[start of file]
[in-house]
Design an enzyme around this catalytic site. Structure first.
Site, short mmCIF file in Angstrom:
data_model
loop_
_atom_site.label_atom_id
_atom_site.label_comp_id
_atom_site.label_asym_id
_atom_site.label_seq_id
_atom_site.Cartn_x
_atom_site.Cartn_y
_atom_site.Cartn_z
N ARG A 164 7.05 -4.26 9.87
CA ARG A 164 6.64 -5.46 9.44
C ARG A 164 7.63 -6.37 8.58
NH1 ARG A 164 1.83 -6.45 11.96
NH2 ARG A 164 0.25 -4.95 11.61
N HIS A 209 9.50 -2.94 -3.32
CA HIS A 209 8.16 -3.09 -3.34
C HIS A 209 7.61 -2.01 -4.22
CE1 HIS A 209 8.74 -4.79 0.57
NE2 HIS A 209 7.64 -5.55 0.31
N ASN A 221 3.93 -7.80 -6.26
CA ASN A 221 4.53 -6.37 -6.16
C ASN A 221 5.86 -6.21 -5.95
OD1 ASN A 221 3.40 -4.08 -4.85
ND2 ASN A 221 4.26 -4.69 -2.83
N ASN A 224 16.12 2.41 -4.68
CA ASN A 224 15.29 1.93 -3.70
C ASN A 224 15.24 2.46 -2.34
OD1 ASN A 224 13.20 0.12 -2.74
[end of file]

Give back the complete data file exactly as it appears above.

[in-house]
Design an enzyme around this catalytic site. Structure first.
Site, short mmCIF file in Angstrom:
data_model
loop_
_atom_site.label_atom_id
_atom_site.label_comp_id
_atom_site.label_asym_id
_atom_site.label_seq_id
_atom_site.Cartn_x
_atom_site.Cartn_y
_atom_site.Cartn_z
N ARG A 164 7.05 -4.26 9.87
CA ARG A 164 6.64 -5.46 9.44
C ARG A 164 7.63 -6.37 8.58
NH1 ARG A 164 1.83 -6.45 11.96
NH2 ARG A 164 0.25 -4.95 11.61
N HIS A 209 9.50 -2.94 -3.32
CA HIS A 209 8.16 -3.09 -3.34
C HIS A 209 7.61 -2.01 -4.22
CE1 HIS A 209 8.74 -4.79 0.57
NE2 HIS A 209 7.64 -5.55 0.31
N ASN A 221 3.93 -7.80 -6.26
CA ASN A 221 4.53 -6.37 -6.16
C ASN A 221 5.86 -6.21 -5.95
OD1 ASN A 221 3.40 -4.08 -4.85
ND2 ASN A 221 4.26 -4.69 -2.83
N ASN A 224 16.12 2.41 -4.68
CA ASN A 224 15.29 1.93 -3.70
C ASN A 224 15.24 2.46 -2.34
OD1 ASN A 224 13.20 0.12 -2.74